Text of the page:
With a market value of nearly $150 Million per year, bottled water from leading brands have been found to be 90 per cent contaminated by microplastics, posing potential harm to humans. A person who drinks a litre of bottled water a day might be consuming tens of thousands of microplastic particles each year.
Plastic was identified in 93 per cent of the samples. Particle concentration ranged from zero to more than 10,000 in a single bottle. On average, plastic particles in the 100 micron (0.10mm) size range known as microplastics were found at an average rate of 10.4 plastic particles per litre. Even smaller particles were more common, averaging about 325 per litre.
Bottles of water from the same brand contained a wide range of plastic contamination, with particles as small as 6.5 microns.
To test the invisible plastic in bottled water, the team of WHO scientists used a special dye, an infrared laser and a blue light.Under a laminar airflow hood that sucks dust and airborne particles up and away, each bottle was infused with a dye called Nile Red that binds to plastic polymer. The dyed water was then poured through a glass fibre filter. When viewed through a microscope, under the blue beam of the crime light, with the aid of orange goggles, the residue from each bottle glowed with the flame-coloured fluorescence of sometimes thousands of particles. The study identified particles between 100 microns and 6.5 microns.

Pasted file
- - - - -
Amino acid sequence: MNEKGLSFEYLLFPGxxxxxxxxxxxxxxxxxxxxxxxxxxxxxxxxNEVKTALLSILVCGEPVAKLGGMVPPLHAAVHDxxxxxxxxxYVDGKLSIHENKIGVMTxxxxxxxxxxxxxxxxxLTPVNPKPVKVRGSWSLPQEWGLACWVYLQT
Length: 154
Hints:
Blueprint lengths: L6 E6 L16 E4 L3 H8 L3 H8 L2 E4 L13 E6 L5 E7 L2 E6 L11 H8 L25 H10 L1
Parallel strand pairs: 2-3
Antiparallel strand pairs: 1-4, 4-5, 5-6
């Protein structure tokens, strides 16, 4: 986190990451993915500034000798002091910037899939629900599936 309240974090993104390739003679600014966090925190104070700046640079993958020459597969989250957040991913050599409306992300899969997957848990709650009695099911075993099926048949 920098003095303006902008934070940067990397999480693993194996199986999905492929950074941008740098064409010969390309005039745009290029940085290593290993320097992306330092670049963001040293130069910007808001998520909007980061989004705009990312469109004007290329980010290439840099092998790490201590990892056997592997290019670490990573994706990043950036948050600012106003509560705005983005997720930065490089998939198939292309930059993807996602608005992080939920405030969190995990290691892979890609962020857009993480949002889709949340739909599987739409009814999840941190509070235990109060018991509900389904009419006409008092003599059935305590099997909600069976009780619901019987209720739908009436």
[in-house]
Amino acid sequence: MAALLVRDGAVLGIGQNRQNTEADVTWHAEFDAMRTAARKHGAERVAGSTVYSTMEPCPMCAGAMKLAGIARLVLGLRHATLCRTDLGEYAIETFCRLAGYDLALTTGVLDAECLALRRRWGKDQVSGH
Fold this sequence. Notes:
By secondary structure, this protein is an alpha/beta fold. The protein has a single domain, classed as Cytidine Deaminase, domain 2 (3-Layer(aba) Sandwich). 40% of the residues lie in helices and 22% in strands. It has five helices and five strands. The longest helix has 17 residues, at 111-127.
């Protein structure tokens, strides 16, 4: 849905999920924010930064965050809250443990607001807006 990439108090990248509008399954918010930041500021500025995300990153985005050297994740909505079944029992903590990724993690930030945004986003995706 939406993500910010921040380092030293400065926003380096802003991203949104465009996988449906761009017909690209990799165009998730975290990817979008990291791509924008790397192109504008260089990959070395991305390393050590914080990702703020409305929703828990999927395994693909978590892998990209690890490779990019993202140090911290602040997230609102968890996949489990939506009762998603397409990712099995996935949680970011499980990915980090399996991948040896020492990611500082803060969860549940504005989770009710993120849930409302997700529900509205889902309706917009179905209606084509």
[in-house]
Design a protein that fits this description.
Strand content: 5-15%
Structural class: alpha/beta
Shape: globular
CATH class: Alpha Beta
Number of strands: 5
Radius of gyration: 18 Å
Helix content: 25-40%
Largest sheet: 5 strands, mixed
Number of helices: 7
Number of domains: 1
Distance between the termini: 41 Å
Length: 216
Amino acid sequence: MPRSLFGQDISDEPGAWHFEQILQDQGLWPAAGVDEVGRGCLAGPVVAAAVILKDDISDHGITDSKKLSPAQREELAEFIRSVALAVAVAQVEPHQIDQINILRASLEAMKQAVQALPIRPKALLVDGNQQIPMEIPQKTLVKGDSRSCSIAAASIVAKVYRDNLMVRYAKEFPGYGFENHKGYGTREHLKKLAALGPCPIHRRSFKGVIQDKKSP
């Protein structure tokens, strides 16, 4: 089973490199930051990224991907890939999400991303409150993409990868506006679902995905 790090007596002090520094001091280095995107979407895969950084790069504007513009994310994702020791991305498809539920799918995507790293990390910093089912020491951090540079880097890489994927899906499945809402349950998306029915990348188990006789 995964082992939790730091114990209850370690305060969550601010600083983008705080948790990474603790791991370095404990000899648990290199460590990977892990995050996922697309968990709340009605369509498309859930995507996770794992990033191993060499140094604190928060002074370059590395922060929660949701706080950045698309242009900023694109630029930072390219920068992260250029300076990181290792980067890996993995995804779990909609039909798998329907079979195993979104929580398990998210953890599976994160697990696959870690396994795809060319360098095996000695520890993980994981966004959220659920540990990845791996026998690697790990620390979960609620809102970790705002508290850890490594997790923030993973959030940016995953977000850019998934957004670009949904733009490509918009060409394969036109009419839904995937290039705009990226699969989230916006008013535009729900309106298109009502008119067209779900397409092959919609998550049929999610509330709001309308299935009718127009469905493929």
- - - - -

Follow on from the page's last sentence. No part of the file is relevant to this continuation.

FROM AWARD-WINNING AUTHOR DR GOVIND SHUKLA, NUTRITION EXPERT
Govind Shukla, Specializes in Pharmacology, Toxicology, Nutraceuticals & Herbal Drugs has published More than 100 research papers in National & International Journals. He is also a reviewer of International Journal of Pharmacology & pharmacotherapeutics, Chief editor of IJPNR Journal & Freelance Medical Writer for Different publication Groups including Lambert Academic Publishing Saarbrucken, Germany.